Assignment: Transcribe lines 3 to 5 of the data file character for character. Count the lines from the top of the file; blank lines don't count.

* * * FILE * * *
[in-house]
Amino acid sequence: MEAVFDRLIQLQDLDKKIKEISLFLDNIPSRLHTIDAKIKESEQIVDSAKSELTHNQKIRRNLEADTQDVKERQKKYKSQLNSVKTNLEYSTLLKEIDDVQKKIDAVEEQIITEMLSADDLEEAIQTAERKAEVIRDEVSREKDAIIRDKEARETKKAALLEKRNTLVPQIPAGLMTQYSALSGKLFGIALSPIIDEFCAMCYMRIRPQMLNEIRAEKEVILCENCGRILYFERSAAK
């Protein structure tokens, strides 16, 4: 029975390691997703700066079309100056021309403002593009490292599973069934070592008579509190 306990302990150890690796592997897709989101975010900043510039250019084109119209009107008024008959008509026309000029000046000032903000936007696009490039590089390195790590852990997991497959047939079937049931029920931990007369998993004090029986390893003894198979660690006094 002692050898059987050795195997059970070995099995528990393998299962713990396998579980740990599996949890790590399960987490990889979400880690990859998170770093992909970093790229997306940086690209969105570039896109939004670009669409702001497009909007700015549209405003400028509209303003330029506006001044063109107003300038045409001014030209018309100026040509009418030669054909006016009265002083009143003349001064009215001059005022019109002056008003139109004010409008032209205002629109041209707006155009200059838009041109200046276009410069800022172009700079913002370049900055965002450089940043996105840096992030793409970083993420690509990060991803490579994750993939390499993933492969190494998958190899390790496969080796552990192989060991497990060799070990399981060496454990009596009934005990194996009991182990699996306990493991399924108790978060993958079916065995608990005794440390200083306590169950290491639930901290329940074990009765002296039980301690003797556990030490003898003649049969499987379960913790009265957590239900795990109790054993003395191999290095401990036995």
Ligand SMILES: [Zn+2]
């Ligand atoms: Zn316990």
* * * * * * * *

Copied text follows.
């Protein structure tokens, strides 16, 4: 029975390691997703700066079309100056021309403002593009490292599973069934070592008579509190 306990302990150890690796592997897709989101975010900043510039250019084109119209009107008024008959008509026309000029000046000032903000936007696009490039590089390195790590852990997991497959047939079937049931029920931990007369998993004090029986390893003894198979660690006094 002692050898059987050795195997059970070995099995528990393998299962713990396998579980740990599996949890790590399960987490990889979400880690990859998170770093992909970093790229997306940086690209969105570039896109939004670009669409702001497009909007700015549209405003400028509209303003330029506006001044063109107003300038045409001014030209018309100026040509009418030669054909006016009265002083009143003349001064009215001059005022019109002056008003139109004010409008032209205002629109041209707006155009200059838009041109200046276009410069800022172009700079913002370049900055965002450089940043996105840096992030793409970083993420690509990060991803490579994750993939390499993933492969190494998958190899390790496969080796552990192989060991497990060799070990399981060496454990009596009934005990194996009991182990699996306990493991399924108790978060993958079916065995608990005794440390200083306590169950290491639930901290329940074990009765002296039980301690003797556990030490003898003649049969499987379960913790009265957590239900795990109790054993003395191999290095401990036995």
Ligand SMILES: [Zn+2]
């Ligand atoms: Zn316990």